Org. History




The Office of the Auditor General was established during the Italian Colony named as “Controlere Generale Di Conti”. Its functions were to control the accounts and properties of Eritrea. During the British Administration the office was named as Office of the Auditor General and its functions were controlling of Government assets, revenue and expenditures. During the Federation Era (1950 – 1962) under the auspices of UN, the powers and duties of the office were defined by law (Regulation No. 137/1957). It was performing audits of accounts and properties and reporting the results to the then parliament.


The office became a branch office of the Office of the Auditor General of Ethiopia when Eritrea was forcefully annexed by Ethiopia in 1962. It was entrusted with auditing government accounts in Eritrea, Tigray and Gondar Provinces in Ethiopia. The branch office was later raised to a Northern Regional Office of the Auditor General and lasted up to the independence of Eritrea in 1991.


The ex – Northern Regional Office of the Auditor General was dissolved after Eritrea was liberated from Ethiopia and a new Office of the Auditor General (OAG), that become the Supreme Audit Institution in Eritrea, was first established by Proclamation No. 23/1992 in May 1992 which was later repealed and replaced by Proclamation No. 37/1993. The mandate of the OAG was spelled out in Legal Notice 14/1993 Article 2/25 which is to audit or cause to be audited all Government institutions and parastatals and State owned enterprises. Parastatals and State owned enterprises are being audited by the Audit Service Corporation (ASC) which provides its professional audit services on fee basis and works autonomously under the general supervisory control of the Auditor General. At present the audit clients served by the OAG are 177.


The OAG started to give its services to the Government with a small number of audit staff. In 1992 the number of audit staff was about 20. The number of audit staff has been growing gradually until the conflict with Ethiopia started in 1998. The OAG has been facing a significant staff shortfall since the conflict started. However, the audit coverage and the quality of service have shown growth and improvement from year to year. This improvement has being achieved as a result of the efforts performed by the OAG to develop the knowledge and skills of the existing auditors in accounting and auditing. To have audit staff with the required knowledge and skills, the office has given priority, among others, Human Resource Development Program. To make the program for Human Resource Development realistic, the Office of the Auditor General has worked closely with AFROSAI-E and other governmental and international organizations. The office has given its staff varying opportunities that help them to develop their knowledge and skills in Accounting and Auditing. To mention some, enrolling in ACCA, MSc in Audit Management and Consultancy and participating at workshops on Regularity Audit, Financial Audit, Compliance Audit, Performance Audit, Quality Assurance Reviews, Management Development Program (MDP), SAI Performance Measurement Framework (SAI PMF), etc. delivered by AFROSAI-E. Currently, the OAG has 17 permanent, 80 National Service, 2 Contractual, in total 99 employees. Out of the total 66 are audit staff and the remaining 33 employees are members of administrative staff and IT staff.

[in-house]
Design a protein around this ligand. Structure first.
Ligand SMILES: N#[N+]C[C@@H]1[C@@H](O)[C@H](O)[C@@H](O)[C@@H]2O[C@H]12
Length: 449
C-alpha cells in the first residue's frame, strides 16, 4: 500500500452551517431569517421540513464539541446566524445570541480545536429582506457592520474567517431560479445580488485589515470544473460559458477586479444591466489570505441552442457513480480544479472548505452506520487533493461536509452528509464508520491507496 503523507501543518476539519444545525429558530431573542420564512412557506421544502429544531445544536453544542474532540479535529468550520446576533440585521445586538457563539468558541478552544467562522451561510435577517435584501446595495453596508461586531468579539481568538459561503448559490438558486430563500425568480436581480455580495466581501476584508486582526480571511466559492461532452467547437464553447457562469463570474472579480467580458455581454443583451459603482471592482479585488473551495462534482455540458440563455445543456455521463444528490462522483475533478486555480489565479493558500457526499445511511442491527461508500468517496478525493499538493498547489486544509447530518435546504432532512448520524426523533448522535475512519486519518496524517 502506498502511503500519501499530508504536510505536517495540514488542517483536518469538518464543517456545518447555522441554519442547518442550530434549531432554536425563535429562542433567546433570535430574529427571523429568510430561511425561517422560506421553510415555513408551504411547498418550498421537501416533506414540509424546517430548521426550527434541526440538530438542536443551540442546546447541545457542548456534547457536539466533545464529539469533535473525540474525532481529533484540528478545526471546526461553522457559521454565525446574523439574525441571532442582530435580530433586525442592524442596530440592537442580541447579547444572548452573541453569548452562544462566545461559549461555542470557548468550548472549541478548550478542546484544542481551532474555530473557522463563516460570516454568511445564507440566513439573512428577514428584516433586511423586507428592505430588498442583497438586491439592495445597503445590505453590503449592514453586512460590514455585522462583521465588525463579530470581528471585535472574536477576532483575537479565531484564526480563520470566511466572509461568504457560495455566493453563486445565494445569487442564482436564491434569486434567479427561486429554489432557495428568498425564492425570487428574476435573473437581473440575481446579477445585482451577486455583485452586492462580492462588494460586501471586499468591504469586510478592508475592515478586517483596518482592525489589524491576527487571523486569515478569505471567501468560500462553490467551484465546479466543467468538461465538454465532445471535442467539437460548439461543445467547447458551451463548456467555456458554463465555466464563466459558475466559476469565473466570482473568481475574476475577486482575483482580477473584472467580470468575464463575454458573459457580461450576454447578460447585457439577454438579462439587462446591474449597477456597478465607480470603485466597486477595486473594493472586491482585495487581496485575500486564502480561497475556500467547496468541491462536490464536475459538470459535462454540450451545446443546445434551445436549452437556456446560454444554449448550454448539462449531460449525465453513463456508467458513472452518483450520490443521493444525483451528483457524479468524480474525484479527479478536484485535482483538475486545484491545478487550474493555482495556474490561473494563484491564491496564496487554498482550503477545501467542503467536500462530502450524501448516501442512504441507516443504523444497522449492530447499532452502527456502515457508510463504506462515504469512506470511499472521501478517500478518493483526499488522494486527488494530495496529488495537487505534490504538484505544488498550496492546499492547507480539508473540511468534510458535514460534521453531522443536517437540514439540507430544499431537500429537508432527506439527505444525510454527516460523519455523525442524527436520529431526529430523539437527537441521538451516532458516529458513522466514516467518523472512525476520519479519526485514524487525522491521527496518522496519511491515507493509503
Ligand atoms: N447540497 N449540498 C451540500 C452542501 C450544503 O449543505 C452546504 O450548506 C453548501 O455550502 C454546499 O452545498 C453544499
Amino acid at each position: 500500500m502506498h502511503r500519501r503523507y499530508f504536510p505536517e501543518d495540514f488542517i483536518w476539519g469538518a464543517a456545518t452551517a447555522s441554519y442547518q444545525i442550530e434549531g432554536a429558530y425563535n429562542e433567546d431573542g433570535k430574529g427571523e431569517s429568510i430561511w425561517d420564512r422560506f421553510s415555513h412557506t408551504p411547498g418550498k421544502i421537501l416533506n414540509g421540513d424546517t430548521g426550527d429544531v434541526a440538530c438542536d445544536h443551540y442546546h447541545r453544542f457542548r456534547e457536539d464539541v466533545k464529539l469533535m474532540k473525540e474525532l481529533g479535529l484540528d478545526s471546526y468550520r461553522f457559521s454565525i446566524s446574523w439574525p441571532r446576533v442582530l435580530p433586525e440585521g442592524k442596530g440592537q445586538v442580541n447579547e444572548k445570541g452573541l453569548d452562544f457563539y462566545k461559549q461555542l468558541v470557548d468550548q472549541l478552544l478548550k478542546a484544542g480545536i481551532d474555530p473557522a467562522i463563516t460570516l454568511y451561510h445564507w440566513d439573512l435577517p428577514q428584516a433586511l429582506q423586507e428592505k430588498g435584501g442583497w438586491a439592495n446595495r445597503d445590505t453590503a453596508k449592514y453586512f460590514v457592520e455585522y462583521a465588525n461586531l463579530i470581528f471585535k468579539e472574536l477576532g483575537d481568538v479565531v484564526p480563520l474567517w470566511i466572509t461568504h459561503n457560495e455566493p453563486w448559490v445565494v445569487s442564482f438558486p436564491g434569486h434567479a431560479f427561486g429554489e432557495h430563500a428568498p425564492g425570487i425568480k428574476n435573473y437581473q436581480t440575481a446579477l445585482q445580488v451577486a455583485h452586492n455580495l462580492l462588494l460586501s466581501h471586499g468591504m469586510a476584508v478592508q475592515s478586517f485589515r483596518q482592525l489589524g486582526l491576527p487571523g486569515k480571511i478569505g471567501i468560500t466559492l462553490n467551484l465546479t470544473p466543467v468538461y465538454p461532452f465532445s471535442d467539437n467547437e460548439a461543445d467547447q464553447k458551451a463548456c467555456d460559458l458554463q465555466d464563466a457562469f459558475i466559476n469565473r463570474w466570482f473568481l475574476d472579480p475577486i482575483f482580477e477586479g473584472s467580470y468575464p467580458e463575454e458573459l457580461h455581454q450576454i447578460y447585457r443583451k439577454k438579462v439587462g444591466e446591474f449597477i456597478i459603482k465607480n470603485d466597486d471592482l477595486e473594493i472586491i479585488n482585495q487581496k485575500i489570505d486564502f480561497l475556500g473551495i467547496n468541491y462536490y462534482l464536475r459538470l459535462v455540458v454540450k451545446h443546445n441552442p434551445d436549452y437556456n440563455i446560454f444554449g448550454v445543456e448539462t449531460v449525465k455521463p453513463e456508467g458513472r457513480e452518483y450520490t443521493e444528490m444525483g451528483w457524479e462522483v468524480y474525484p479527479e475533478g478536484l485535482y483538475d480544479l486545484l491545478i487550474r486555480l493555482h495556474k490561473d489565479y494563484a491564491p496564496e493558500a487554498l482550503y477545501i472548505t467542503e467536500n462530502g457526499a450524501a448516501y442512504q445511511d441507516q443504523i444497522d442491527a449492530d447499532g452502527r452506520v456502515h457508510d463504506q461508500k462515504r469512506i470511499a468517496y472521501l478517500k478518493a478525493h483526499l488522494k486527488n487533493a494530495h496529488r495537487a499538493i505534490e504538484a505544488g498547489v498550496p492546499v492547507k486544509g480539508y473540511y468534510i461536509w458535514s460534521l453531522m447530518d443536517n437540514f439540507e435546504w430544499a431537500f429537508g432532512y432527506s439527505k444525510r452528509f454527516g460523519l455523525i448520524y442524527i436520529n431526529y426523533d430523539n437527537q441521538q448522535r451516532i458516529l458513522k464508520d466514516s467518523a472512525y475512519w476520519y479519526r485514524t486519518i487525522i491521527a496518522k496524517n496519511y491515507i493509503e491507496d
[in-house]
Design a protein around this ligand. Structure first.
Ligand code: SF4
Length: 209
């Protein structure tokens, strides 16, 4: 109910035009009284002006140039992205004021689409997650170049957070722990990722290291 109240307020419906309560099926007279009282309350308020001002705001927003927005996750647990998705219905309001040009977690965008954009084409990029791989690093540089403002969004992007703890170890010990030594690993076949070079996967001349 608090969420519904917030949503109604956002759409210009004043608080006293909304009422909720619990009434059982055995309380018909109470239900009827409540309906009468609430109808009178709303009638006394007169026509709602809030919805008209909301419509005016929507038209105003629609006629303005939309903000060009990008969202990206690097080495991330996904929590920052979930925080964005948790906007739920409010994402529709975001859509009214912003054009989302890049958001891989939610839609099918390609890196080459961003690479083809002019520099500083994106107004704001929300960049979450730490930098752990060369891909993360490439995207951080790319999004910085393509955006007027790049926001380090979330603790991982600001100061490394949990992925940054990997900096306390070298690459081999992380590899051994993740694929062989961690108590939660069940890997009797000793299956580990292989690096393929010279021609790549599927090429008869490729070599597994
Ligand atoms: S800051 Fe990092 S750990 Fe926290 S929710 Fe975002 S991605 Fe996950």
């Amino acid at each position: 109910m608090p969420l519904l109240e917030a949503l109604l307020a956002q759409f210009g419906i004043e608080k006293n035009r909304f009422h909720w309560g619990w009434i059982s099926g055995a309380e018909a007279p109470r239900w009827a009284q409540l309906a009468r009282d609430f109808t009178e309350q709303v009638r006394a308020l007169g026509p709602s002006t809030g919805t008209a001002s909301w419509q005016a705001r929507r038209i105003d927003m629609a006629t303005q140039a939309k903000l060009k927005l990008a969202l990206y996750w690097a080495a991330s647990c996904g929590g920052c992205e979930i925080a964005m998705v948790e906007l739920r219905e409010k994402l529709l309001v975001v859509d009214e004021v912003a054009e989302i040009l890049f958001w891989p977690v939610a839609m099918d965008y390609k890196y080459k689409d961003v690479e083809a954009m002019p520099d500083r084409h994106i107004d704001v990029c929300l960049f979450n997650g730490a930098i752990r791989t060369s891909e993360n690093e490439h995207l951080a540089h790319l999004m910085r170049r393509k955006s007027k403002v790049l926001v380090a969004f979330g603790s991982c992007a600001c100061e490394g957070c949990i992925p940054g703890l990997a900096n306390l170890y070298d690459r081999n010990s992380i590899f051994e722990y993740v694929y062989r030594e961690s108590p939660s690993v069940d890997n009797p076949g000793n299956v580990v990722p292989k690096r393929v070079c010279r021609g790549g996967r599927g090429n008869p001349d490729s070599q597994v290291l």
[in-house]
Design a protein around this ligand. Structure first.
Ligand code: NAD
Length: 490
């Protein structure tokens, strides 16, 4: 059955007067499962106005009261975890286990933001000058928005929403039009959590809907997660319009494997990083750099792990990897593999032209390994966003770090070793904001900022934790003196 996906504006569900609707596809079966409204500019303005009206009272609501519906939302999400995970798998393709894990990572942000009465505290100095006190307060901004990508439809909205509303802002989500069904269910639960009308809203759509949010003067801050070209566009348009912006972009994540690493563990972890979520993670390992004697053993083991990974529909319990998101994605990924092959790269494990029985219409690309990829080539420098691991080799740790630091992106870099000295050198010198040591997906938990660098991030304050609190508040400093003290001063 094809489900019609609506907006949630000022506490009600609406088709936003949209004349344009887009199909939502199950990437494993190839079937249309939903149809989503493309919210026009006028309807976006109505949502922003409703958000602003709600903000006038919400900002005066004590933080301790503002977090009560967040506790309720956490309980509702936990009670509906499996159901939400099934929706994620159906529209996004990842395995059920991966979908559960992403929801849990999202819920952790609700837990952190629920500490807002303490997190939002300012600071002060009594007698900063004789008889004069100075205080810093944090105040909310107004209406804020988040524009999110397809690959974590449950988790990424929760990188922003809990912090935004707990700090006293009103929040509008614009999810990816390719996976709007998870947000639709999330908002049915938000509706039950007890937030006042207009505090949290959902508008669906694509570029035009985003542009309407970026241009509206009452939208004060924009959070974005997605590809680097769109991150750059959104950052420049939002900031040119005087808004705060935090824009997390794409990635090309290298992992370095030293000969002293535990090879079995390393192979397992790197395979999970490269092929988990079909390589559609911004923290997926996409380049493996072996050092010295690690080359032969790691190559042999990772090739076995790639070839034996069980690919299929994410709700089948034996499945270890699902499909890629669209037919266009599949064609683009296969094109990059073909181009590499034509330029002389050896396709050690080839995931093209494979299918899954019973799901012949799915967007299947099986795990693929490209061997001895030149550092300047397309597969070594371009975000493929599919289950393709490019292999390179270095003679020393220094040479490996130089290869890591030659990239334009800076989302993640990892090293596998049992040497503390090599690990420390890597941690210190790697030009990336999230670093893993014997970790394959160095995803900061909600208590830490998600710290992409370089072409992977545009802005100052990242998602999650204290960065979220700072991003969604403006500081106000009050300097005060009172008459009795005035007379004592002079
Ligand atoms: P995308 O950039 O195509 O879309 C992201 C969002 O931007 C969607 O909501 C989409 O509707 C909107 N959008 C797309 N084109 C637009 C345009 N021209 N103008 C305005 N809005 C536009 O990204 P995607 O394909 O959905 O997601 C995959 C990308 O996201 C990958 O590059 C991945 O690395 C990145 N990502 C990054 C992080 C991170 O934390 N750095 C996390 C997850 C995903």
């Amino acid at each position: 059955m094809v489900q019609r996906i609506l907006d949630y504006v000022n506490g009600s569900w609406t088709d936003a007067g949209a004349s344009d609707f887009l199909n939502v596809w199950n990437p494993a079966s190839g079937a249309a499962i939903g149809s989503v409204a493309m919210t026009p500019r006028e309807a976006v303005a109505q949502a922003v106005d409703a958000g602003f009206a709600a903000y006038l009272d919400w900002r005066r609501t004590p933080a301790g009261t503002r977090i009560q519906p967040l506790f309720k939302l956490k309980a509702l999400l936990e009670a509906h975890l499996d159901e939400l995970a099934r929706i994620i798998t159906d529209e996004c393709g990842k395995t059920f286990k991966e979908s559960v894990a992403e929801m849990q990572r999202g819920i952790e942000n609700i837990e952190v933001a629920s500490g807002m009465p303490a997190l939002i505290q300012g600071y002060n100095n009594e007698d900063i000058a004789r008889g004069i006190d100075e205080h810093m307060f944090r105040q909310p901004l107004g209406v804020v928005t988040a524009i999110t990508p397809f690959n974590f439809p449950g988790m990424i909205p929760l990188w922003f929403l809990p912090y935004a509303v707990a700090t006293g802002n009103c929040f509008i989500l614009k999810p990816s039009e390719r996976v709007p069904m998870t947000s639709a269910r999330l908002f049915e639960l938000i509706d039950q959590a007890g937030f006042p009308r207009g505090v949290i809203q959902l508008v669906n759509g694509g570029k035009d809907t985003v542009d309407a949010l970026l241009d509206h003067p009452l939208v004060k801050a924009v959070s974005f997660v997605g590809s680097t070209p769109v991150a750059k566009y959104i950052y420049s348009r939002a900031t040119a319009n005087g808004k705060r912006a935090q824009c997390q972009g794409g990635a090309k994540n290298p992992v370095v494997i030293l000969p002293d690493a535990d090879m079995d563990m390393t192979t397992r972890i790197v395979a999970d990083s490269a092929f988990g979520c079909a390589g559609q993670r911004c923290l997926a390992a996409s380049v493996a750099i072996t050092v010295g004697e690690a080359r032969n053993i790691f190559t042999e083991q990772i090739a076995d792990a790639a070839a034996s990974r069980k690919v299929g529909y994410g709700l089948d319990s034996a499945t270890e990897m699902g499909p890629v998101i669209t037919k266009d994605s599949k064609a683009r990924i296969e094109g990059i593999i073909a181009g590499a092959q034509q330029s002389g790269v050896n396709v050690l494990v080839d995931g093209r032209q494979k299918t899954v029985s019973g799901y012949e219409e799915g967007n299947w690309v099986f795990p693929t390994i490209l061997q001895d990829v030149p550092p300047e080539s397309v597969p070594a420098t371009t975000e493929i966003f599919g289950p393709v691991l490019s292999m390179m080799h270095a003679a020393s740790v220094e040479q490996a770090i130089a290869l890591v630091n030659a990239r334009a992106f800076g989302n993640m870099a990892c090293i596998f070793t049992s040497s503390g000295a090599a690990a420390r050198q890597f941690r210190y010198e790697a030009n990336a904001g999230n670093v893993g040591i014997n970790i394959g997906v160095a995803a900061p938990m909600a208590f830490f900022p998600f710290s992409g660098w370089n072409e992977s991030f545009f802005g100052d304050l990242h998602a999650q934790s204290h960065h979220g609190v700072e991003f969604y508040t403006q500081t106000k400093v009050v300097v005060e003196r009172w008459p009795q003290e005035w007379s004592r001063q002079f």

The OAG has classified its audit clients into three groups namely, big, medium and small audit entities based on the size of their budget and nature of their activities. The OAG’s standard practice is to audit the audit clients with big accounts annually and audit clients with medium and small accounts on a rotation basis once every two and three years respectively. However, the existing no war no peace situation with Ethiopia has affected the activities of the country including the activities of the OAG. Due to shortage of skilled manpower, the available audit clients could not be audited annually. As a result the OAG has a great number of audit backlogs. To minimize the audit backlogs, the OAG has decided as a policy and priority to audit only the most recent two years of each budgetary unit and make a general review of the more distant years that have not been audited, unless it believes there is a need for full audit. This policy has been implemented since 2002.